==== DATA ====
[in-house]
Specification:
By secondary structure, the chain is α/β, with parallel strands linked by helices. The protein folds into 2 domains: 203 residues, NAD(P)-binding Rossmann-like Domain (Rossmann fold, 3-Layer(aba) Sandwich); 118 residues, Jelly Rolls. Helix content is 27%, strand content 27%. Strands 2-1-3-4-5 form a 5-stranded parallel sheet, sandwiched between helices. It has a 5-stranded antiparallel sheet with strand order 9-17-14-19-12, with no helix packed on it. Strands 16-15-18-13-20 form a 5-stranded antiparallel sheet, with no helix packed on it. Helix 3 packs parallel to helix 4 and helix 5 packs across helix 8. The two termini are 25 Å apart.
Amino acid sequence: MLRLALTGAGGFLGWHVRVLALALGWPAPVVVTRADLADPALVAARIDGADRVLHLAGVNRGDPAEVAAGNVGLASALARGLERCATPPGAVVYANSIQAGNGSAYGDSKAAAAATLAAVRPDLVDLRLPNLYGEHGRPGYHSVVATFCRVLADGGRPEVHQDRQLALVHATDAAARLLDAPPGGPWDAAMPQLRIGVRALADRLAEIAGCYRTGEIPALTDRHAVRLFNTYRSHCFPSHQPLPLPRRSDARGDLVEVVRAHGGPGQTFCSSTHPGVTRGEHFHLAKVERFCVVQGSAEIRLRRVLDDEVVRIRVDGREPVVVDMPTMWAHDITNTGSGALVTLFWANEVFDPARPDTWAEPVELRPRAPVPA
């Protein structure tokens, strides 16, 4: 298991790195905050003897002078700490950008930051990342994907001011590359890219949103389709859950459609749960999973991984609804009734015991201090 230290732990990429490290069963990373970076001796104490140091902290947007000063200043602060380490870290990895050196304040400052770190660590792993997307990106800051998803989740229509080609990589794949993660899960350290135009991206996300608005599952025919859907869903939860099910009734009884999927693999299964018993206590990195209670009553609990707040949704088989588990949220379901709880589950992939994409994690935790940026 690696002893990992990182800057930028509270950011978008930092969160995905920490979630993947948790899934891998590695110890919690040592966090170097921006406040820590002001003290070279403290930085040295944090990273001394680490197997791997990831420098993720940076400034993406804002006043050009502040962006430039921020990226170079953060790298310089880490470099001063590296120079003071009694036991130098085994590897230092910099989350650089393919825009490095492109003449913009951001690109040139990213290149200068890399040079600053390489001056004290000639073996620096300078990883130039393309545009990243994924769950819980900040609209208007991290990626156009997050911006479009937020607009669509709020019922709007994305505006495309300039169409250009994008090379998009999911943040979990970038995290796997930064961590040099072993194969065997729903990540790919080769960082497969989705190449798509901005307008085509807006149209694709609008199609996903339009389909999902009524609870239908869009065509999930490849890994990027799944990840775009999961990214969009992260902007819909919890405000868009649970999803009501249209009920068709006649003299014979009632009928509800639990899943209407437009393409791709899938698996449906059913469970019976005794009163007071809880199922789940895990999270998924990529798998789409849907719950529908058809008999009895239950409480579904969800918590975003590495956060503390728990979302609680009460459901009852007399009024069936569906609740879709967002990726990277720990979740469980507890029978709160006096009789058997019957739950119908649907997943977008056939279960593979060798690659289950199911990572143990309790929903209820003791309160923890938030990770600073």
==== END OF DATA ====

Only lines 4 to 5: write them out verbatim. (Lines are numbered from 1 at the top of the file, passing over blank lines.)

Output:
Amino acid sequence: MLRLALTGAGGFLGWHVRVLALALGWPAPVVVTRADLADPALVAARIDGADRVLHLAGVNRGDPAEVAAGNVGLASALARGLERCATPPGAVVYANSIQAGNGSAYGDSKAAAAATLAAVRPDLVDLRLPNLYGEHGRPGYHSVVATFCRVLADGGRPEVHQDRQLALVHATDAAARLLDAPPGGPWDAAMPQLRIGVRALADRLAEIAGCYRTGEIPALTDRHAVRLFNTYRSHCFPSHQPLPLPRRSDARGDLVEVVRAHGGPGQTFCSSTHPGVTRGEHFHLAKVERFCVVQGSAEIRLRRVLDDEVVRIRVDGREPVVVDMPTMWAHDITNTGSGALVTLFWANEVFDPARPDTWAEPVELRPRAPVPA
């Protein structure tokens, strides 16, 4: 298991790195905050003897002078700490950008930051990342994907001011590359890219949103389709859950459609749960999973991984609804009734015991201090 230290732990990429490290069963990373970076001796104490140091902290947007000063200043602060380490870290990895050196304040400052770190660590792993997307990106800051998803989740229509080609990589794949993660899960350290135009991206996300608005599952025919859907869903939860099910009734009884999927693999299964018993206590990195209670009553609990707040949704088989588990949220379901709880589950992939994409994690935790940026 690696002893990992990182800057930028509270950011978008930092969160995905920490979630993947948790899934891998590695110890919690040592966090170097921006406040820590002001003290070279403290930085040295944090990273001394680490197997791997990831420098993720940076400034993406804002006043050009502040962006430039921020990226170079953060790298310089880490470099001063590296120079003071009694036991130098085994590897230092910099989350650089393919825009490095492109003449913009951001690109040139990213290149200068890399040079600053390489001056004290000639073996620096300078990883130039393309545009990243994924769950819980900040609209208007991290990626156009997050911006479009937020607009669509709020019922709007994305505006495309300039169409250009994008090379998009999911943040979990970038995290796997930064961590040099072993194969065997729903990540790919080769960082497969989705190449798509901005307008085509807006149209694709609008199609996903339009389909999902009524609870239908869009065509999930490849890994990027799944990840775009999961990214969009992260902007819909919890405000868009649970999803009501249209009920068709006649003299014979009632009928509800639990899943209407437009393409791709899938698996449906059913469970019976005794009163007071809880199922789940895990999270998924990529798998789409849907719950529908058809008999009895239950409480579904969800918590975003590495956060503390728990979302609680009460459901009852007399009024069936569906609740879709967002990726990277720990979740469980507890029978709160006096009789058997019957739950119908649907997943977008056939279960593979060798690659289950199911990572143990309790929903209820003791309160923890938030990770600073």